Georgia Hospitals Warn of Need for More Funding to Treat Uninsured
Georgia hospital officials are warning that the cost of treating the state's uninsured residents has reached "crisis level," predicting that more hospitals will "shut their doors" unless the Georgia General Assembly provides additional funding, the Atlanta Business Chronicle reports. To address the problem, state lawmakers on the Joint Hospital Indigent Care Funding Committee have held a series of hearings to "bring attention" to Georgia's rising number of uninsured patients. In 1998, Georgia hospitals "shelled out" about $739 million to care for uninsured patients, while the state's uninsured population has risen to more than 1.3 million, or about 19% of residents under age 65 -- sixth highest among states with the largest uninsured populations. "We are in a crisis situation," Holly Bates Snow, director of government relations for Georiga Hospital Association, said, adding that a "combination of financial stresses" -- such as "slashed" Medicare reimbursements, "flat" state Medicaid reimbursements, "flagging" county support for community hospitals, "soaring" health care costs and a "flood" of uninsured patients -- have increased the burden on hospitals that care for uninsured patients. She added that many counties no longer "funnel" tax dollars into their hospitals, and according to the GHA, the amount of funding granted to hospitals for indigent care has markedly decreased from 1990 to 1998.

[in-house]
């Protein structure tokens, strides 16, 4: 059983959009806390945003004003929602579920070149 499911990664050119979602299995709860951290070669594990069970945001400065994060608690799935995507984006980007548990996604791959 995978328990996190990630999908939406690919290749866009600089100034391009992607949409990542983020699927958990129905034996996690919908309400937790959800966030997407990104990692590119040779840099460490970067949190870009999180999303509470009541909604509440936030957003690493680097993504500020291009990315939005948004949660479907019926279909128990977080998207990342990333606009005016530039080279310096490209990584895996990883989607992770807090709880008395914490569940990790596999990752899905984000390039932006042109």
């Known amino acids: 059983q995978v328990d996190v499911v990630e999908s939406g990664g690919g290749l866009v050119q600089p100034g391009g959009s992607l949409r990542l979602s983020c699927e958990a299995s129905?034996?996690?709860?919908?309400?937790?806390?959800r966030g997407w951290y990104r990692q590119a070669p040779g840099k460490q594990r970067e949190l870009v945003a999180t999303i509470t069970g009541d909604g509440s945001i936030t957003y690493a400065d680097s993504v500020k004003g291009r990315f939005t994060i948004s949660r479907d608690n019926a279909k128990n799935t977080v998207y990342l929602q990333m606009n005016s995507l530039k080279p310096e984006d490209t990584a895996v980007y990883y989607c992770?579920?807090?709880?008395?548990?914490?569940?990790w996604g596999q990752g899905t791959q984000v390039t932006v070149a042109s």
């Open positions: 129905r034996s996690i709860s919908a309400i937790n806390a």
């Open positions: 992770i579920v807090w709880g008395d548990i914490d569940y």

Earlier this year, the Georgia Department of Community Health proposed a "far-reaching initiative" to reduce the state's uninsured population. The agency recommended tax credits for employers with 50 or fewer employees, tax cuts or credits for insurers selling small-group and individual health insurance plans and a proposal to help individuals purchase more affordable health insurance. In addition, Gov. Roy Barnes (D) has endorsed a plan to help private employers obtain more "clout" with insurers through an employer bargaining pool. Still, hospital officials say that funding support remains "critical" to maintaining services for the uninsured. The GHA has requested an increase in state Medicaid payments to "reflect actual costs" of caring for the uninsured. Hospital advocates also recommend providing incentives to counties to contribute additional funding (Bryant, Atlanta Business Chronicle, 12/18).